determinations, recoveries) of the method are evaluated. However besides these responsesalso those for which system suitability test (SST) limits can be defined (e.g. resolution, tailingfactors, capacity factors, column efficiency in a chromatographic method) can be evaluated(See Section 5).To examine potential sources of variability, a number of factors are selected from theoperating procedure (See Section 2.1) and examined in an interval (See Section 2.2) thatslightly exceeds the variations which can be expected when a method is transferred from oneinstrument to another or from one laboratory to another. These factors are then examined inan experimental design (See Section 3) and the effect of the factors on the response(s) of themethod is evaluated (See Section 6). In this way the factors that could impair the method performance are discovered. The analyst then knows that such factors must be more strictlycontrolled during the execution of the method.Another aim of a ruggedness/robustness test may be to predict reproducibility or intermediate precision estimates. In this guideline this kind of ruggedness testing is notconsidered.The information gained from the robustness test can be used to define SST limits (SeeSection 7). This allows to determine SST limits based on experimental evidence and notarbitrarily on the experience of the analyst.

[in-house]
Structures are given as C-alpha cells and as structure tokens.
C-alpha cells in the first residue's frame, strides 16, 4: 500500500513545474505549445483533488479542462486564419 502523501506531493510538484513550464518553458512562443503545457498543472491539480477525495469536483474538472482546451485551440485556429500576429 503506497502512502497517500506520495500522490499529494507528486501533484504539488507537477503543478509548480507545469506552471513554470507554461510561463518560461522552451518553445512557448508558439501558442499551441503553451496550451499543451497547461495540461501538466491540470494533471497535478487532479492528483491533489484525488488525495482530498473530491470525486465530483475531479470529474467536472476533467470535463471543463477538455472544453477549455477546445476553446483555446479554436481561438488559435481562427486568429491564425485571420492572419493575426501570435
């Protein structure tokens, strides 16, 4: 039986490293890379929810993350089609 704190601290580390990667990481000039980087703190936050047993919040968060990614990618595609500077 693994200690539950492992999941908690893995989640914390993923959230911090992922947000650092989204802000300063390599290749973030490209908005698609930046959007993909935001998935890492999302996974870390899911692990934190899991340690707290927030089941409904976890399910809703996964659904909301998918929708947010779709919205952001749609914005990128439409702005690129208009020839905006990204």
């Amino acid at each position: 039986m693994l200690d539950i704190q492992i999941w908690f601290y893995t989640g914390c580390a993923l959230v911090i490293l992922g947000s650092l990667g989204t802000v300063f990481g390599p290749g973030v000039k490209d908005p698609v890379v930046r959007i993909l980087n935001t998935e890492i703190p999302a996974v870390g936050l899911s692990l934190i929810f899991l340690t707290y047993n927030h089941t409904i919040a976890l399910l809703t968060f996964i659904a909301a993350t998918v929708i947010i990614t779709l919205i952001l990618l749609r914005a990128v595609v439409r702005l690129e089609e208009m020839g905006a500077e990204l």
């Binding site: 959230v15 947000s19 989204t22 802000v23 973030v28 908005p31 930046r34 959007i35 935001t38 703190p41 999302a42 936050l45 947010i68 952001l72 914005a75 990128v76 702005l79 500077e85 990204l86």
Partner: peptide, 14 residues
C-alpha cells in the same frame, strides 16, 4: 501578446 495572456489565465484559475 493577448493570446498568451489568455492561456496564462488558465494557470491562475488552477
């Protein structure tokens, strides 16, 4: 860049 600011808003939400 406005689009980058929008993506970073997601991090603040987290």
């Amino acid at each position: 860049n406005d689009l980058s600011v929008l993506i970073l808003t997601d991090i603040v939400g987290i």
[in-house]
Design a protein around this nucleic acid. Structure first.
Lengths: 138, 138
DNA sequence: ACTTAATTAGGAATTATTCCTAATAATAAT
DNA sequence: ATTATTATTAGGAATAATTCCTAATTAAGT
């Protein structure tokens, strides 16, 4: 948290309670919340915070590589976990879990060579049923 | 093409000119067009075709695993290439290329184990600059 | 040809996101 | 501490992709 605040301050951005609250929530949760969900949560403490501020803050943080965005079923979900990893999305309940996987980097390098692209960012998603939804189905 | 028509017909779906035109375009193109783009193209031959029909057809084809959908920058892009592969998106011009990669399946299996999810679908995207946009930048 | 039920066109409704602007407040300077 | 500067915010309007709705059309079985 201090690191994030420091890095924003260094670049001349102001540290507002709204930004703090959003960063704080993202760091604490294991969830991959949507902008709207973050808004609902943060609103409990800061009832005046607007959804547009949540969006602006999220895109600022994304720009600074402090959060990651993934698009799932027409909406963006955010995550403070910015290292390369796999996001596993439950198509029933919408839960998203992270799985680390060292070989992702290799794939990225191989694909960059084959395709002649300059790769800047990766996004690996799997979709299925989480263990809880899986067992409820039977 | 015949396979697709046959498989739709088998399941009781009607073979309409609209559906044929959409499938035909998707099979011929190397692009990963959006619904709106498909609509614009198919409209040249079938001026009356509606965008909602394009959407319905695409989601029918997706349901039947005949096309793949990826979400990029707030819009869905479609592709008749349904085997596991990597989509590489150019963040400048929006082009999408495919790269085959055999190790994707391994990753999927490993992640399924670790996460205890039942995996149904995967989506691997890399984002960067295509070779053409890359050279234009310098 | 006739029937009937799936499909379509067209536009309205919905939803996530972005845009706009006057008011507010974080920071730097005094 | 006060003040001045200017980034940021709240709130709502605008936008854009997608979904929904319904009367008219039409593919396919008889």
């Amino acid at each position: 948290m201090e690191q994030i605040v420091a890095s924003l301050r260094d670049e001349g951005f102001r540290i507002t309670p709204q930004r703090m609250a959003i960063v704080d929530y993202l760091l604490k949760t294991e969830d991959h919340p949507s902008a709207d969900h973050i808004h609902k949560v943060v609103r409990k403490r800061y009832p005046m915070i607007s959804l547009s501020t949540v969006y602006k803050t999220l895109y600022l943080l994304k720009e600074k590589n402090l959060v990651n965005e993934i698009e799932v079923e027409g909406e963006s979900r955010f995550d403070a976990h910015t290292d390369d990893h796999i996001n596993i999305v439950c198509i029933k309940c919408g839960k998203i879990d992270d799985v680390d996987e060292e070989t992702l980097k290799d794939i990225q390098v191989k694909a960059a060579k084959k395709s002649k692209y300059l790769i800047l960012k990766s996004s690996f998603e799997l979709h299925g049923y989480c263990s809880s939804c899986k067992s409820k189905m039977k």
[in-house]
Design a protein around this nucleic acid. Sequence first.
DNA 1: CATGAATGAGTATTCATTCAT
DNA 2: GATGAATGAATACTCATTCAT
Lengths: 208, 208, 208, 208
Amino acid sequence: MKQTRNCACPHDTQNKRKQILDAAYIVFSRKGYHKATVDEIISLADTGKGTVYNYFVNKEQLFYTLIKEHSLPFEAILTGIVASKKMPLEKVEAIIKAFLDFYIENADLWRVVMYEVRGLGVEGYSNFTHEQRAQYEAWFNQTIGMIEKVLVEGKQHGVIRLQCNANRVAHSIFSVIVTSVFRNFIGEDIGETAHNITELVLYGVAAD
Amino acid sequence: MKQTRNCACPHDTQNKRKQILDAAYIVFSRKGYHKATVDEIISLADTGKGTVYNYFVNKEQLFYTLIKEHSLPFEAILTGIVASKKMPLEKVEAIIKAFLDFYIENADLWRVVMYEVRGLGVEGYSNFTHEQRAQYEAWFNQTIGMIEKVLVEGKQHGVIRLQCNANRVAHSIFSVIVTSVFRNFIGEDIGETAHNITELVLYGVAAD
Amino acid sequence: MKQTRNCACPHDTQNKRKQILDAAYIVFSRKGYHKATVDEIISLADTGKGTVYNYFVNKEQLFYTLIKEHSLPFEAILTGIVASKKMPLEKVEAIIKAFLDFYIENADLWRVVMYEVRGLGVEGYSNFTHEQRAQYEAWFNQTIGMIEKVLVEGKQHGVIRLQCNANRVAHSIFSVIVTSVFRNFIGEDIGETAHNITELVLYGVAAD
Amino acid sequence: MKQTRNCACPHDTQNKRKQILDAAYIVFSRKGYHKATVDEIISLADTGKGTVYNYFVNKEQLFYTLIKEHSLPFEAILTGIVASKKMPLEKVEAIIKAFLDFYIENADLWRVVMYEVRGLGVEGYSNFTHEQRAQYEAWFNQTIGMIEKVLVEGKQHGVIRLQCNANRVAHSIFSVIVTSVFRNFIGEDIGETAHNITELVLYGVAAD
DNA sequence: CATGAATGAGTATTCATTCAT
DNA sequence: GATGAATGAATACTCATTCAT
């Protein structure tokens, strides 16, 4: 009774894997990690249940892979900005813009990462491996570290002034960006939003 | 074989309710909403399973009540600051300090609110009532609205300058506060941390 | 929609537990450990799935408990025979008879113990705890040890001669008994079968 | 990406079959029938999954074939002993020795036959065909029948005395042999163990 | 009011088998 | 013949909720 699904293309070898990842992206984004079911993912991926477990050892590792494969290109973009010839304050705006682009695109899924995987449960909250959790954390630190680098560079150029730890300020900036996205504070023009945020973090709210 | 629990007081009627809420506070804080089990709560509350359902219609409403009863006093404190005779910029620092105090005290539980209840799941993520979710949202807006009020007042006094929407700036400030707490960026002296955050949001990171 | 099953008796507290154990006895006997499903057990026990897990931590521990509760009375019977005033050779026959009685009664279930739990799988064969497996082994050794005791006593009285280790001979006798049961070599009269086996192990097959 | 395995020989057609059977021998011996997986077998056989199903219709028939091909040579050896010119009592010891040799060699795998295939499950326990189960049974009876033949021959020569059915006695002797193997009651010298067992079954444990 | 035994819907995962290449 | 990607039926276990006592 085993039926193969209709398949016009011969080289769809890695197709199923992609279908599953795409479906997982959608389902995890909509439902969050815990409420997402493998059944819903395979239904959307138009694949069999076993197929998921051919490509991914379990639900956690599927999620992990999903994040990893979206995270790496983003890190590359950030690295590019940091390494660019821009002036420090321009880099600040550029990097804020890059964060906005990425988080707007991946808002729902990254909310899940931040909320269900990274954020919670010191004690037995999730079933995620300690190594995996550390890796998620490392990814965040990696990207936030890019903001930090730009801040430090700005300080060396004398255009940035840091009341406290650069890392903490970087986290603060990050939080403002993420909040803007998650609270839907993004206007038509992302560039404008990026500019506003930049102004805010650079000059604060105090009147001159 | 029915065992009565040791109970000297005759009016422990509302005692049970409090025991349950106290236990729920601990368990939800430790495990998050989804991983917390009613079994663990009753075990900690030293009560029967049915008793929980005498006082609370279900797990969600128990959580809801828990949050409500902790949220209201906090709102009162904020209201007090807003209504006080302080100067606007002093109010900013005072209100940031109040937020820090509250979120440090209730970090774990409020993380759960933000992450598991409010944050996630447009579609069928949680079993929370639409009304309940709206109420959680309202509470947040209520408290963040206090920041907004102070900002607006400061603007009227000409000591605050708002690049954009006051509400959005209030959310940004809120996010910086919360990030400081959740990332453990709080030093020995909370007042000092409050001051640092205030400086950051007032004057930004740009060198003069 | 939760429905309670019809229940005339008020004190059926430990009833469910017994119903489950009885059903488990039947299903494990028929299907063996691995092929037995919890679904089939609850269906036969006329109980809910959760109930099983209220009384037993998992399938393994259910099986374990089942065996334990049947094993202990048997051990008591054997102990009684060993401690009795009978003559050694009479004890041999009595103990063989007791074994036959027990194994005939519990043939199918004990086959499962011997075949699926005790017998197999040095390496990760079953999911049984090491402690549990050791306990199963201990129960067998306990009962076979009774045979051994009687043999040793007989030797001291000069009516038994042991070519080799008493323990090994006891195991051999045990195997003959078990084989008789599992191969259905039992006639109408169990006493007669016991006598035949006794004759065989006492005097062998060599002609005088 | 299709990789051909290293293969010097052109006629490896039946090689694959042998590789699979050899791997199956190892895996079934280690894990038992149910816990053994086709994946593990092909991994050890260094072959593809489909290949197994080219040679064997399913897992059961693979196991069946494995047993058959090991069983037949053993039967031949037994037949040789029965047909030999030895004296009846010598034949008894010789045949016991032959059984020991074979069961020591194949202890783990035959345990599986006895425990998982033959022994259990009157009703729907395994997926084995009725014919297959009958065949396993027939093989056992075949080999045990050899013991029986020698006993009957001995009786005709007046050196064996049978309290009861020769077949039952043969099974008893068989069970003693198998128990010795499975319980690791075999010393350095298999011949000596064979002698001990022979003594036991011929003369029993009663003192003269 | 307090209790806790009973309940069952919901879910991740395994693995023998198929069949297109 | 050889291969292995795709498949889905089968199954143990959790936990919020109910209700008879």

1.4 The steps in a robustness test
The following steps can be identified:
Identification of the factors to be tested
Definition of the different levels for the factors
Selection of the experimental design
Definition of the experimental protocol (complete experimental set-up)
Definition of the responses to be determined
Execution of the experiments and determination of the responses of the method
Calculation of effects
Statistical and/or graphical analysis of the effects, and
Drawing chemically relevant conclusions from the statistical analysis and, if necessary,taking measures to improve the performance of the method. These different steps areschematically represented in Fig. 1 and are considered in more detail below. An example of a worked-out robustness test case study is described in Section 8.
2. Selection of factors and levels
2.1. Selection of the factors
The factors to be investigated in a robustness test are related to the analytical procedure(operational factors) and to the environmental conditions (environmental factors). Theoperational factors are selected from the description of the analytical method (operating procedure), whereas the environmental factors are not necessarily specified explicitly in theanalytical method.The selected factors can be quantitative (continuous), qualitative (discrete) or mixturefactors. Table 1 indicates a list of factors that could be considered during robustness testingof chromatographic (liquid, gas or thin-layer chromatography) or electrophoretic methods.Figure 1: Schematic representation of the different steps in a robustness test3